toing and froing

Over the past half year, and accelerating my pace after the election, I’ve been shifting my portfolio away from what I thought of as “capital flight” mode to prepare for a return to post-pandemic normality. Put another way, I’ve shifted about a third of its assets away from tech-oriented multinationals toward consumer-oriented domestic firms. My initial motivation was the yawning valuation discrepancy between the two groups, and the inevitability of a counter-trend rally at some point. But the rocket ship ride the Russell 2000 began in early November urged me to pick up my pace.

Arguably–and if one believes that the new normal will be a duplicate (I almost wrote carbon copy, but who knows any more what that is) of the old (which I don’t)–a third isn’t enough. In any event, however, this is where I am.

I think I’ve done enough to avoid the worst of the damage the former portfolio structure would have undergone so far this year. And at this point I’d like to see more economic and company data before I switch things up again.

What I want to point out today is the almost daily to and fro pattern of current trading. Every day I click the button that sorts my holdings by that day’s performance. Recently, the greens are either virtually all my older holdings or all my reopening stocks; the reds are the other group. As likely as not, the next day the positions have reversed.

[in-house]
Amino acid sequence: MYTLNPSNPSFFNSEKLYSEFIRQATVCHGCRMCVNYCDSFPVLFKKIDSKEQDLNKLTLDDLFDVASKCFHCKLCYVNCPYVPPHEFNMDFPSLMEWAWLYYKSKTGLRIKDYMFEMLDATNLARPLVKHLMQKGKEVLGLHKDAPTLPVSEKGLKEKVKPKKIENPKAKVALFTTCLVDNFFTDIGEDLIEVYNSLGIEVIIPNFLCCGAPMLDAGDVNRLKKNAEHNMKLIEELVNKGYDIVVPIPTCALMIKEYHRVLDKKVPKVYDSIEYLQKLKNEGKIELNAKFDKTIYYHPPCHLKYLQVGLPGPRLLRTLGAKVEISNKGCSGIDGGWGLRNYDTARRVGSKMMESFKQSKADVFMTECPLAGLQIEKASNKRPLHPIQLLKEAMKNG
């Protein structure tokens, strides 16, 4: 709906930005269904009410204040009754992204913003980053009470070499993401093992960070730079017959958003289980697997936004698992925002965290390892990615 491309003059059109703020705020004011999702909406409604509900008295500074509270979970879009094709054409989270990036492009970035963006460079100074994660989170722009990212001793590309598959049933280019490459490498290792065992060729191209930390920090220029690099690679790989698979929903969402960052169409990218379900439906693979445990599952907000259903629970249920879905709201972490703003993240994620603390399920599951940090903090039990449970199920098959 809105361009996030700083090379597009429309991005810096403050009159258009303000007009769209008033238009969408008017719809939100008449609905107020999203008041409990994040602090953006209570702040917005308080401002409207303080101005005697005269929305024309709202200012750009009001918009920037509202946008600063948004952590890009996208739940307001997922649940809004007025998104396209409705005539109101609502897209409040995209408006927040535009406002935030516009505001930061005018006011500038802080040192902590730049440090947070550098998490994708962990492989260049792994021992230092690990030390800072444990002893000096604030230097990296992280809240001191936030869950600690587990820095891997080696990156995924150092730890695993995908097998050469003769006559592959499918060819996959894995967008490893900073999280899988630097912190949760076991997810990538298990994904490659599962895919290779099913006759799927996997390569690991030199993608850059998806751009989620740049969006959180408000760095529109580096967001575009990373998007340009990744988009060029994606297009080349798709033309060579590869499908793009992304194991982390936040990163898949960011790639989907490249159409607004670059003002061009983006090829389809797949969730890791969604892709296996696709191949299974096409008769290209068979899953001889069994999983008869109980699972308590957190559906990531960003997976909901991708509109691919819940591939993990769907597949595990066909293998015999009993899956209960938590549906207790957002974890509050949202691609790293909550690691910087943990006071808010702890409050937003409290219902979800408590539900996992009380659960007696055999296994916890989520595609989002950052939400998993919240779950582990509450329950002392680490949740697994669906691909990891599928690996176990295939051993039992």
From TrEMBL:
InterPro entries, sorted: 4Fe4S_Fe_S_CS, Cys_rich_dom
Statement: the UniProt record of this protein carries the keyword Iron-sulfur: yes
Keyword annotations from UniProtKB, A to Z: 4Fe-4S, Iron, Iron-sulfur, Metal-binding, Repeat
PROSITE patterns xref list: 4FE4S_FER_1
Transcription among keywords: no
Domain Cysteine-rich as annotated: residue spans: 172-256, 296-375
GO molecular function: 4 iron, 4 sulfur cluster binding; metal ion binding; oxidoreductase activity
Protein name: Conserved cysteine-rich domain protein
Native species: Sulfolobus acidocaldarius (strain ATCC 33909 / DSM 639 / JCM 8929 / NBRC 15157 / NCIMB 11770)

What does this mean?

I think the market as a whole is doing what I am–waiting for more information. This could go on for weeks, although I don’t think we’re in the end game of the transition away from what worked last year.

That’s because I don’t think we’re finished with interest rate increases, and we won’t be until there’s a real yield available from fixed income. How so? I can’t believe people will continue to be so crazy as to lend money, even to the government, knowing they’ll get less back after inflation than they lent.

The 10-year Treasury is at 1.67% as I’m writing this. I think we have to get to 1.80%, where it was pre-pandemic, before the equity market sailing gets smoother. Even then, we may not be seeing an adequate real yield.

For anyone who’s involved with a portfolio every day, as I am, there are a few things to do during this sideways movement. One is to consider whether you’re content with the current mix of secular growth and business cycle sensitives in your portfolio. For myself, I’m happy where I am, although I know any move should be toward more business cycle sensitives. A second is to look at the reds and greens for outliers–stocks that you conceive to be secular growth but which always line up with the business cycle sensitives, or the other way around. I’ve just found one of these that I’ve misconceived–and which I somehow have lost money on in an up market since I bought it. Out that one goes. A third is to consider whether you have your biggest weightings in your highest conviction stocks. If not, why not? This relative calm is the perfect time to fix this.

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